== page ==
Wednesday morning came early, as one of Alex’s cats decided rattling blinds was the best fun-time activity to pursue at 6:30 AM. Though, considering I’d awoken early every day of this trip anyway, it wasn’t that big of a deal. Too quickly, it was time to say goodbye to Alex. We had such a wonderful time together in and around the city and she was such a gracious host. DeeDee and I piled our things into the Ford and set out for our next destination, Moab. Why Moab? Because it sits right next to Arches National Park!
I also became less tolerant of the occasional sprinkles I’d driven through on the way down. Surely it would clear up soon. We stopped at a few early places and marveled at the unfathomably large rock structures and I used my hat to shield my camera from the maddening precipitation. Thankfully, after about twenty minutes, the clouds parted and I was greeted with blue sky. The amazing landscape that I could scarcely believe was amplified by the change; the orange and red colors of the rock formations blazed in the sunlight. When we arrived at Balanced Rock, the rain clouds were almost totally gone.
At Balanced Rock, I noticed something strange. There were small stacks of rocks EVERYWHERE. I remembered this was something important, but I couldn’t recall specifics. Turns out they are a hiker’s way of marking a trail. In such a heavily populated area, though, it appeared that people started stacking rocks because someone ELSE stacked rocks; there were no discernable paths. But I continued to see these little pillars of stone throughout the park. We drove to several other rock formations and marveled at the strange shapes the earth had taken; rock spires jutted defiantly out of the ground, the last remnant of some larger structure that was literally weathered away. The temperature rose as the sun got comfortable above us and it became clear we were NOT prepared with much water…but the park is easily drivable, so no big deal, right? Right.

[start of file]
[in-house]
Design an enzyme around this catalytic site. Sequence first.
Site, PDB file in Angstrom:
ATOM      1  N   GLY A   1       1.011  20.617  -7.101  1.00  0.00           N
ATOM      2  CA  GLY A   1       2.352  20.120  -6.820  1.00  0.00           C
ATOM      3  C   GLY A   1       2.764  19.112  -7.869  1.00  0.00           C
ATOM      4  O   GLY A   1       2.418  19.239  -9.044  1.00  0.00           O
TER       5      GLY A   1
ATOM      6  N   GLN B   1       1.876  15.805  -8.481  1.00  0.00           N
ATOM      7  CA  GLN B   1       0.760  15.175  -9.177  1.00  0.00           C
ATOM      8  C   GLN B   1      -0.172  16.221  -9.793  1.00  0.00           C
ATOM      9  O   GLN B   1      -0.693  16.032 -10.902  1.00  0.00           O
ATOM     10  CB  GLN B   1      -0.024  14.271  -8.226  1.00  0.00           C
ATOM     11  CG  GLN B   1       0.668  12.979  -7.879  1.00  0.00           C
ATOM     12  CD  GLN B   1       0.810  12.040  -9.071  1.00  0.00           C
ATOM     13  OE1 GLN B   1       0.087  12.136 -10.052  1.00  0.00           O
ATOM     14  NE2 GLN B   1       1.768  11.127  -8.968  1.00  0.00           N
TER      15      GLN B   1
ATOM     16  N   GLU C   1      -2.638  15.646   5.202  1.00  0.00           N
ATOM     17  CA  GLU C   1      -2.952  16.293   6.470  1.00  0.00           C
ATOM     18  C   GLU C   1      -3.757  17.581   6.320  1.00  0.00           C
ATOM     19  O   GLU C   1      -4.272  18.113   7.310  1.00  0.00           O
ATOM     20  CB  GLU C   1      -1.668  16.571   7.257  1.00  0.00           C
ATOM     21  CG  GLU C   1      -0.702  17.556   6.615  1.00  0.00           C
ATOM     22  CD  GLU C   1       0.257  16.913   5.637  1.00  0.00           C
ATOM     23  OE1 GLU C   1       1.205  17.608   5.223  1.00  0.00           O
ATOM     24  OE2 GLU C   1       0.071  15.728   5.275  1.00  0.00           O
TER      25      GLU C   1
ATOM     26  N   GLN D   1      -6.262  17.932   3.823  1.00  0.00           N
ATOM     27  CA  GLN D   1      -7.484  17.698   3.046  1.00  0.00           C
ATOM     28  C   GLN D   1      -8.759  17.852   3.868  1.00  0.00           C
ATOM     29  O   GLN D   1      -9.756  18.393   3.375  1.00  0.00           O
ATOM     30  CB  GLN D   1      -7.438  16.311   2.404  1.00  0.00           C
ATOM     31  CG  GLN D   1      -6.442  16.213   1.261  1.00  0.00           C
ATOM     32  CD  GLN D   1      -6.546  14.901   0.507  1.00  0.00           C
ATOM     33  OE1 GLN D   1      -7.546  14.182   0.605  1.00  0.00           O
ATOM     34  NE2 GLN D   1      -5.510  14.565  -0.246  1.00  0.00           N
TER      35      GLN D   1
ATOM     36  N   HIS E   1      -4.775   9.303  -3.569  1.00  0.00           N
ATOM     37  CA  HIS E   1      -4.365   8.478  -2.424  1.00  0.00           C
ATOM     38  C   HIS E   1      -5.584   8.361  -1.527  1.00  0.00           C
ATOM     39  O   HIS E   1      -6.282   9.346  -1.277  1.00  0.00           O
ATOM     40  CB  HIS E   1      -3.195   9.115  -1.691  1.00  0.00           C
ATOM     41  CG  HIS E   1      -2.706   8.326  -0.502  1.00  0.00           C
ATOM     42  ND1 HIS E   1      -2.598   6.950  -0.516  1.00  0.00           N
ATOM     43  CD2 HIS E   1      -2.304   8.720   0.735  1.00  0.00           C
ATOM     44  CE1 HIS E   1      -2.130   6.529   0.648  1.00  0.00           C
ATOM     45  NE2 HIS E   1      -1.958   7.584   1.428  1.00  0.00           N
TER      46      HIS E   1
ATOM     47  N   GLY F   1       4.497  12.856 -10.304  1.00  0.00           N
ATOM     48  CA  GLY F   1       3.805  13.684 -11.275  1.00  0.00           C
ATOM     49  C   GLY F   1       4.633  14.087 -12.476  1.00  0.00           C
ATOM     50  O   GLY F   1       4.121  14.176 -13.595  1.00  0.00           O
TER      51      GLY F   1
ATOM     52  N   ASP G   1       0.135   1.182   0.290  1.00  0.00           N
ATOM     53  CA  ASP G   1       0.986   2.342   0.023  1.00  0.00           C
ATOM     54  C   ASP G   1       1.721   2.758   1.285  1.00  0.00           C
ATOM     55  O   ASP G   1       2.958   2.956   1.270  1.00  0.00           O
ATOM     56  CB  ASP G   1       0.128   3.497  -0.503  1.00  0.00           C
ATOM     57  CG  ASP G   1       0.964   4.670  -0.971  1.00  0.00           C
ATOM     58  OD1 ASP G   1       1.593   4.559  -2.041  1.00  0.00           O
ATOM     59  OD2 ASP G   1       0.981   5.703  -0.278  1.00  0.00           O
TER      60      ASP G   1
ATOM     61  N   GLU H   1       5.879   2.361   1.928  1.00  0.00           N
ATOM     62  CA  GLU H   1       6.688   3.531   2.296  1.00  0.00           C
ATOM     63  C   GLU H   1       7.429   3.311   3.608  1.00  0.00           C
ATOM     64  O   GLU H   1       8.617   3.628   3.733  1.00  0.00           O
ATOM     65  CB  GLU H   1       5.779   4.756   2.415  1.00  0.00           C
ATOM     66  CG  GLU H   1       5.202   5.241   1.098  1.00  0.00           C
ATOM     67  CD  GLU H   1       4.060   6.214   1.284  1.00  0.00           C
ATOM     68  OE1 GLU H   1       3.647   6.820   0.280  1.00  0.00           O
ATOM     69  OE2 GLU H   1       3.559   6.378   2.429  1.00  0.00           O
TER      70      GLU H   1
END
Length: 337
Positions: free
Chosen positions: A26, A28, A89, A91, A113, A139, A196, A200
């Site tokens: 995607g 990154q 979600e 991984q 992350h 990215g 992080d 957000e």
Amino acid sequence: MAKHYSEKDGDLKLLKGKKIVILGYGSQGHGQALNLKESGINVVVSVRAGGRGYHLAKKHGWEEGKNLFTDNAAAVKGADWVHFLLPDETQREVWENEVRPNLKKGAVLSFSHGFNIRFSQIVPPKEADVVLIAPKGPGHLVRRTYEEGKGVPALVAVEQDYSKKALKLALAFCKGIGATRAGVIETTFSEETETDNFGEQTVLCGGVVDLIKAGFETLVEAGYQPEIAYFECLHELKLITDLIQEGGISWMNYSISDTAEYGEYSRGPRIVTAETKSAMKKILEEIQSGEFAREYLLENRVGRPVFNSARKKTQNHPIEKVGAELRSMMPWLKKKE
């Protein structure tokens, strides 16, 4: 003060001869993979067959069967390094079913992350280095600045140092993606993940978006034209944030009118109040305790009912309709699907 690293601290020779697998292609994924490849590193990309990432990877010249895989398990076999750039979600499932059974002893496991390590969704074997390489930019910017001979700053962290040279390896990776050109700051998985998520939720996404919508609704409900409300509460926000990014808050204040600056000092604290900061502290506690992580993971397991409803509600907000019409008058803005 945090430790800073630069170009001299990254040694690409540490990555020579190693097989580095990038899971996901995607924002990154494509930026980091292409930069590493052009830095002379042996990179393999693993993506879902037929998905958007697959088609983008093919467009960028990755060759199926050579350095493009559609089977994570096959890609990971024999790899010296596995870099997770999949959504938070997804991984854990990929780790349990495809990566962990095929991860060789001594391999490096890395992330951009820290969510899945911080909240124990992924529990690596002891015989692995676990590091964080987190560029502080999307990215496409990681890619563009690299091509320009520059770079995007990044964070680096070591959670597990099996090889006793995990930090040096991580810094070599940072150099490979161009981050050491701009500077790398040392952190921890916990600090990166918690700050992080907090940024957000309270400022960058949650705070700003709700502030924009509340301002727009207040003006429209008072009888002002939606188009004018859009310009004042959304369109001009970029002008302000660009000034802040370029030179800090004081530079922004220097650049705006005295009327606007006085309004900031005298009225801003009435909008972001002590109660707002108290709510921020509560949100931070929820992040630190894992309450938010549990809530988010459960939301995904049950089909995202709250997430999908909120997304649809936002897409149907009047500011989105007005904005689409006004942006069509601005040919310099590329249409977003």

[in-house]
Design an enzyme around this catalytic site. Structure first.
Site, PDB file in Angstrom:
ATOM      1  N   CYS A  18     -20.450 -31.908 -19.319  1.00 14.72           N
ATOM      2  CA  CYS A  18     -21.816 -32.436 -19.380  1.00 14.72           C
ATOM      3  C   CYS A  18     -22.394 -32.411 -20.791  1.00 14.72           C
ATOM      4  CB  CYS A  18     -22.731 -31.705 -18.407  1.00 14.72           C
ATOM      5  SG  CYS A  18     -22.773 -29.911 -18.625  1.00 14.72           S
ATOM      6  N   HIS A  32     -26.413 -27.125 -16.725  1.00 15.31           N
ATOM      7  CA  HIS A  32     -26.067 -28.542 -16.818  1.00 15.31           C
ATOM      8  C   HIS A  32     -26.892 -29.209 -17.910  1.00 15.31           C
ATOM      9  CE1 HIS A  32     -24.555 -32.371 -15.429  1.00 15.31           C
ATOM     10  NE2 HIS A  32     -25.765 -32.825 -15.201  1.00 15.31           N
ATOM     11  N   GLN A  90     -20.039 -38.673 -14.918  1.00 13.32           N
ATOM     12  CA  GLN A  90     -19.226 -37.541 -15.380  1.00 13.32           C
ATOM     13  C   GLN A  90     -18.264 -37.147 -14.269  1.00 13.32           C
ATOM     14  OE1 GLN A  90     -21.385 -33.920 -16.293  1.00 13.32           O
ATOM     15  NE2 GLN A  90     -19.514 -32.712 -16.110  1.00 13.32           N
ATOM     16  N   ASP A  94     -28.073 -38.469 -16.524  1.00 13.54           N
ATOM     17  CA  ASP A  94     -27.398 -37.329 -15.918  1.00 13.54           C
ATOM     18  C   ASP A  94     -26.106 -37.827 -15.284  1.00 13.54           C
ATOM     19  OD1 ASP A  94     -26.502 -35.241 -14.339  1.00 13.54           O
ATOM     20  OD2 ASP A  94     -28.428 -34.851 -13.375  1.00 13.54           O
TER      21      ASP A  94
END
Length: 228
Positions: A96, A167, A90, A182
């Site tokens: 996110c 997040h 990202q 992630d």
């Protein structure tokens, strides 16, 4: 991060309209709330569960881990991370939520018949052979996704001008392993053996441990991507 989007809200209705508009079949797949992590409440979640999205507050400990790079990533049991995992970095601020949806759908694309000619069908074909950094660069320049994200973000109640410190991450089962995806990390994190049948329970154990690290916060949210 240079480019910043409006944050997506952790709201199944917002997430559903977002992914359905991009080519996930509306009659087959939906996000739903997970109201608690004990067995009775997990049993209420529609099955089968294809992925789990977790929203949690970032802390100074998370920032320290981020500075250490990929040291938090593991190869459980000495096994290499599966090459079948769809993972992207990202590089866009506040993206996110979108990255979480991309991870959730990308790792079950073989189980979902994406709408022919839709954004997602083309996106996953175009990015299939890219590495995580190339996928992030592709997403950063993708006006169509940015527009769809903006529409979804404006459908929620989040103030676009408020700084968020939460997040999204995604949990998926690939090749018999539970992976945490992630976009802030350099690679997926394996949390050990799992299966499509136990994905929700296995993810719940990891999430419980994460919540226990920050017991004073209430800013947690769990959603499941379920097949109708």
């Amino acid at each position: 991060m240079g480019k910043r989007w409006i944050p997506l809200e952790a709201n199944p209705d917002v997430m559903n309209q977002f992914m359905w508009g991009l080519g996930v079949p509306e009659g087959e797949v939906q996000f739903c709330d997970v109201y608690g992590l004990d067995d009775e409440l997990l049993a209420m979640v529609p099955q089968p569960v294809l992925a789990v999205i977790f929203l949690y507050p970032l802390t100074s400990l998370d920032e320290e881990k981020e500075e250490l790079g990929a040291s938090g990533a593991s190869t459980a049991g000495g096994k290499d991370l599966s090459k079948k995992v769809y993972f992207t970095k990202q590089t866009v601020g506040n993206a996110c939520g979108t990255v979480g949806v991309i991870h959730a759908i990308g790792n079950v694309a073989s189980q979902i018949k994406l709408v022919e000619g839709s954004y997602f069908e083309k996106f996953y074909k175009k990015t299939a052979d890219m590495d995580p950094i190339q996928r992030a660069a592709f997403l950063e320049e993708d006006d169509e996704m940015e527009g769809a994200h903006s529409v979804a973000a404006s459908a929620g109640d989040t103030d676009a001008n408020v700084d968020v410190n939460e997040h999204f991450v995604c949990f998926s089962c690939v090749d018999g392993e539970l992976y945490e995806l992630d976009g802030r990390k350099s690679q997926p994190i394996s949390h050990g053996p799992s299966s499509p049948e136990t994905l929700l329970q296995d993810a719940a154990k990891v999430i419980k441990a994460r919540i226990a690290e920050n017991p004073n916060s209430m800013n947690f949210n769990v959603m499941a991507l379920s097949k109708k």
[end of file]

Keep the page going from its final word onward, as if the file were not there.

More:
When we arrived at the Double Arches, I immediately suspected this would be my favorite spot in the park. Not only is it an amazing rock formation, beautiful in color and shape, but it was also used in the filming of ‘Indiana Jones and the Last Crusade’. I already had a picture outside of the ‘library’ in Venice from the film, and I became giddy at this unexpected opportunity. I gleefully set up my picture before going to the arches themselves. I even climbed up to the highest point inside the arches, triumphant in another small victory over my fear of heights. I enjoyed a few minutes of glory before realizing I now had to figure out how to get DOWN. I made it, but not without some muttering and anxiety. Such is life.
We toured the rest of the park afterwards, which included the Devil’s Garden, the Skyline Arch, and the Delicate Arch. The latter is used as a backdrop for modern Utah license plates, so I expected it to be the most populated arch in the park. As we reached that section of the park, I noticed it was an actual hike out to the arch; there was a view point, but it was a fair distance from the arch itself. Our lack of water planning kept us from hiking out to the arch proper; heck, even the hike to the view point was rough enough. I reached the top of the viewing area out of breath, the words of Richard’s long-ago letter echoing in my mind. We both made it, though, and left Arches very pleased with our day’s journey. Once we got to Moab, we ate a late lunch (which also served as dinner) and prepared for the next day, which would take us to Arizona and my most anticipated destination since…well, ever.